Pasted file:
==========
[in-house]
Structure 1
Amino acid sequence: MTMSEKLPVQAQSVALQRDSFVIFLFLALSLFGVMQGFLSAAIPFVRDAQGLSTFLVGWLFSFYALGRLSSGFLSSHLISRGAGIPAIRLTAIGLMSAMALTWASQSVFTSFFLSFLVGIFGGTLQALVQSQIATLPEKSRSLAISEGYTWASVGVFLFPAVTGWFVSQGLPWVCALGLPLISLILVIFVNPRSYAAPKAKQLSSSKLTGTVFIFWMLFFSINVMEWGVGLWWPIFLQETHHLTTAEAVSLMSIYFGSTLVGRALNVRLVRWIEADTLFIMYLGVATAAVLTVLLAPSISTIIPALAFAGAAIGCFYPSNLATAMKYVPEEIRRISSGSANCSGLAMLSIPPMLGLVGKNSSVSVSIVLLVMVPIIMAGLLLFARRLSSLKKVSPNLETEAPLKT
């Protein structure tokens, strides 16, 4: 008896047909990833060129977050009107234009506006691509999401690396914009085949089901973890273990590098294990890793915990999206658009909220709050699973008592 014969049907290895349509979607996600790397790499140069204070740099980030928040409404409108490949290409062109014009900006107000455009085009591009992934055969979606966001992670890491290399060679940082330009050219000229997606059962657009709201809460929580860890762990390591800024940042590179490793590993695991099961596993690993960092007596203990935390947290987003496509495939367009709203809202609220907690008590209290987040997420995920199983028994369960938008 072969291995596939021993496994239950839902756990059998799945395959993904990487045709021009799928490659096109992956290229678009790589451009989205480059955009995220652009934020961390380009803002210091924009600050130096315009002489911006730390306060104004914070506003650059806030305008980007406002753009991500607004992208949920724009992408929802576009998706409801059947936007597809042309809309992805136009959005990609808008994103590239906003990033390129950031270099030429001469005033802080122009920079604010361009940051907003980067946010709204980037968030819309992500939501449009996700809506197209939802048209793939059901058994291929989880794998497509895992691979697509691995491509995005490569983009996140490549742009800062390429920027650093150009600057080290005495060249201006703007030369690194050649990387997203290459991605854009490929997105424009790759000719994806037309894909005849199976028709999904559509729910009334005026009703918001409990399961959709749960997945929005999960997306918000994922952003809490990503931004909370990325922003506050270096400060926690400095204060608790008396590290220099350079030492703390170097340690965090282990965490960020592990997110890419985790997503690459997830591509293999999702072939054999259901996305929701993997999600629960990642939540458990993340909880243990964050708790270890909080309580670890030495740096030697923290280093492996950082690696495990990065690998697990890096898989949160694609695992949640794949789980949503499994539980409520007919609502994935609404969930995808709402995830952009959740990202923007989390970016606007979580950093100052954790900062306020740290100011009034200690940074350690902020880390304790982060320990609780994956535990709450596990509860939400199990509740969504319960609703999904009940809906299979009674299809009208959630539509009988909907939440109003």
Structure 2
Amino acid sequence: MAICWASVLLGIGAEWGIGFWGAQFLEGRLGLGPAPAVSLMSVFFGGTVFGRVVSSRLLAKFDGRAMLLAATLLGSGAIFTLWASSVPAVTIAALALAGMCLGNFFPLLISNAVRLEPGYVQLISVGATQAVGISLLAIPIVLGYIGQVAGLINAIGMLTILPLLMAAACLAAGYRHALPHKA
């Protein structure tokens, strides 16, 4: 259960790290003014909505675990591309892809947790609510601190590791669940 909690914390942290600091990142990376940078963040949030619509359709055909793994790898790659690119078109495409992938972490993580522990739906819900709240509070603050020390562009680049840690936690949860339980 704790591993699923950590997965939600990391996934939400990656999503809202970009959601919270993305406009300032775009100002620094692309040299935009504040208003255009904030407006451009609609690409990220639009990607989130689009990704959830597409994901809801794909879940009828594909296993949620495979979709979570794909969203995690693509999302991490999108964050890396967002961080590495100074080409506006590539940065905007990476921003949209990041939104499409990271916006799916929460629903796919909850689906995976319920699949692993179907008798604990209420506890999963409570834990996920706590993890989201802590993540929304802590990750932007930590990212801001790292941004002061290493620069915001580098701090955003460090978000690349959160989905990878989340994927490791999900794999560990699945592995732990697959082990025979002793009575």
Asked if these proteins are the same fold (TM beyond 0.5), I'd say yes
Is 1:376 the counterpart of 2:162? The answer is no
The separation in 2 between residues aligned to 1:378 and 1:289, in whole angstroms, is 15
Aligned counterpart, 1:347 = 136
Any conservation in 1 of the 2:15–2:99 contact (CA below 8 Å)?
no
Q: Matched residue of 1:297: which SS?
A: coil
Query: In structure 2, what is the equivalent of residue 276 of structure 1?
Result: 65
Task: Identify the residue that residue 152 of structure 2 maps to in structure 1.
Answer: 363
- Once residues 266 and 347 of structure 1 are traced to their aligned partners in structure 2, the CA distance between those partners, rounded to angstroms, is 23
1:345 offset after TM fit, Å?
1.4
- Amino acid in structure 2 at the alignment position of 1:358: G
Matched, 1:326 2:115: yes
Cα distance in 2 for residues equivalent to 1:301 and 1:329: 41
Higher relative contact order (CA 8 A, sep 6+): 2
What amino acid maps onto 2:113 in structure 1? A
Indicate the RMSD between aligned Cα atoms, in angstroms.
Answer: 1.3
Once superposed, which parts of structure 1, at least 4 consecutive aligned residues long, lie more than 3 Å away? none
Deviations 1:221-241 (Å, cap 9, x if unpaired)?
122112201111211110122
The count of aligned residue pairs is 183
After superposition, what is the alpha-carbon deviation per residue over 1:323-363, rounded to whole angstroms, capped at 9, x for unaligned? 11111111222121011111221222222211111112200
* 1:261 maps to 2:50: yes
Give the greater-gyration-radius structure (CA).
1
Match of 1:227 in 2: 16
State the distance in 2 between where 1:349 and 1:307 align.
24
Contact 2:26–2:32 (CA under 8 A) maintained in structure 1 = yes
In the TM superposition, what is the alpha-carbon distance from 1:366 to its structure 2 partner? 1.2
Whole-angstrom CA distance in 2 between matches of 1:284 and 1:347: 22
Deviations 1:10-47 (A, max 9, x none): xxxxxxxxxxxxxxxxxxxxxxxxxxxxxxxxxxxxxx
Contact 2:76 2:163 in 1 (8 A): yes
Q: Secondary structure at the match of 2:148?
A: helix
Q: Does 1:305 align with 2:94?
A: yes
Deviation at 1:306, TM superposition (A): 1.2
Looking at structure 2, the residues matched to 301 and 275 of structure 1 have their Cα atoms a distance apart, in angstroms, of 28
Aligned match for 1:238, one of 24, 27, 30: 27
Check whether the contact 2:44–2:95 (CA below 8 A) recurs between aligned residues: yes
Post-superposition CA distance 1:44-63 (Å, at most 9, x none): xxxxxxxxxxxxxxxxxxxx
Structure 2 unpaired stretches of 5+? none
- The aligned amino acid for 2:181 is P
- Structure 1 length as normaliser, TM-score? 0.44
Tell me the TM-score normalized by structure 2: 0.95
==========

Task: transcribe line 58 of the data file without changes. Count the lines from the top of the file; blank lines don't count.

Tell me the TM-score normalized by structure 2: 0.95